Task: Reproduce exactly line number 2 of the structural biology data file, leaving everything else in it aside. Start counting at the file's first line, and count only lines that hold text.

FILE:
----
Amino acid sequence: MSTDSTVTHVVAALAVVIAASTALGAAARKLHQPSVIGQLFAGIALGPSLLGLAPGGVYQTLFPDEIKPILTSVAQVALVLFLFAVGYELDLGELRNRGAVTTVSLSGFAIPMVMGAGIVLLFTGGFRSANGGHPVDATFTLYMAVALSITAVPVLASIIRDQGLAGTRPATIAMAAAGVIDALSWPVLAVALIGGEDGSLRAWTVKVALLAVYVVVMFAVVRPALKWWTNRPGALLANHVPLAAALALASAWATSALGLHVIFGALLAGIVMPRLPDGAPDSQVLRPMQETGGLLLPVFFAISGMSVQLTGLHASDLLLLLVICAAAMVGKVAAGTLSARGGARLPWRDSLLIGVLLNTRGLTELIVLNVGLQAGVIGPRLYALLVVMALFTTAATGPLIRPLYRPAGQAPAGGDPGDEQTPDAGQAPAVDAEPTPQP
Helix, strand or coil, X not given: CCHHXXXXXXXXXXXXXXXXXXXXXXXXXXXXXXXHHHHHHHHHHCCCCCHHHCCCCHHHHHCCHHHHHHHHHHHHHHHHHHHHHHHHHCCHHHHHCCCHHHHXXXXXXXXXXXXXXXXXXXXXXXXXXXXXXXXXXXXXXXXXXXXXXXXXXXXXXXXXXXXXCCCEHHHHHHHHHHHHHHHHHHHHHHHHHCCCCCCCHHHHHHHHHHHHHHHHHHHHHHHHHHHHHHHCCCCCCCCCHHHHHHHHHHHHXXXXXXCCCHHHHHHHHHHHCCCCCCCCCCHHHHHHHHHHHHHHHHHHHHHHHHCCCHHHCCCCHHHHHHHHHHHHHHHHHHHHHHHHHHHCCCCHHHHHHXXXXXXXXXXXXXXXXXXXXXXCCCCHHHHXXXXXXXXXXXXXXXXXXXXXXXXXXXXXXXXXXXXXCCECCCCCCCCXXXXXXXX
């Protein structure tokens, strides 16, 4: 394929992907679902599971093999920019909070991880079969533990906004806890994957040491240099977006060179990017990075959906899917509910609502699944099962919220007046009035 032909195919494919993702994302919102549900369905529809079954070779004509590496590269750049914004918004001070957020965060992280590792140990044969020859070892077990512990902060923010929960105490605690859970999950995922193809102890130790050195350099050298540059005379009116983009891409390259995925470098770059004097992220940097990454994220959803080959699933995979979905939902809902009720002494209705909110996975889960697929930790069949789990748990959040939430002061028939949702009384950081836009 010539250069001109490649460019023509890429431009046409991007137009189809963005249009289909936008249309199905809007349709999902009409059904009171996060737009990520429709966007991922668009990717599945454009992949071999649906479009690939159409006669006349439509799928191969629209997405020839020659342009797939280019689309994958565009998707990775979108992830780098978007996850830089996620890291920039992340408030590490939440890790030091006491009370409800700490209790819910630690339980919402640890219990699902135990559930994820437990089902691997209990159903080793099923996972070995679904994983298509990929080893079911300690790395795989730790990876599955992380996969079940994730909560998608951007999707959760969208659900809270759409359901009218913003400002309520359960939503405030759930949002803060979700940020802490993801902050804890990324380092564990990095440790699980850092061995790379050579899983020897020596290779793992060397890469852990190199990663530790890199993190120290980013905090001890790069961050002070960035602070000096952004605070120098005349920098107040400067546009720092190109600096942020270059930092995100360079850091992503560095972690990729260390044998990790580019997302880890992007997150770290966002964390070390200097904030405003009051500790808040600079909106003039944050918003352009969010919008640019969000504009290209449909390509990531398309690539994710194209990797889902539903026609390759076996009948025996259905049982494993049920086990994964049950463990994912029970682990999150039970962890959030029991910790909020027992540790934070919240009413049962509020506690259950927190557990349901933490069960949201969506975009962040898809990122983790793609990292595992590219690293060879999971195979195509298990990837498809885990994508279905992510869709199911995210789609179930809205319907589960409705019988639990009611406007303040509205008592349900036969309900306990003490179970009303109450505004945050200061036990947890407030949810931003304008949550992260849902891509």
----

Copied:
Helix, strand or coil, X not given: CCHHXXXXXXXXXXXXXXXXXXXXXXXXXXXXXXXHHHHHHHHHHCCCCCHHHCCCCHHHHHCCHHHHHHHHHHHHHHHHHHHHHHHHHCCHHHHHCCCHHHHXXXXXXXXXXXXXXXXXXXXXXXXXXXXXXXXXXXXXXXXXXXXXXXXXXXXXXXXXXXXXCCCEHHHHHHHHHHHHHHHHHHHHHHHHHCCCCCCCHHHHHHHHHHHHHHHHHHHHHHHHHHHHHHHCCCCCCCCCHHHHHHHHHHHHXXXXXXCCCHHHHHHHHHHHCCCCCCCCCCHHHHHHHHHHHHHHHHHHHHHHHHCCCHHHCCCCHHHHHHHHHHHHHHHHHHHHHHHHHHHCCCCHHHHHHXXXXXXXXXXXXXXXXXXXXXXCCCCHHHHXXXXXXXXXXXXXXXXXXXXXXXXXXXXXXXXXXXXXCCECCCCCCCCXXXXXXXX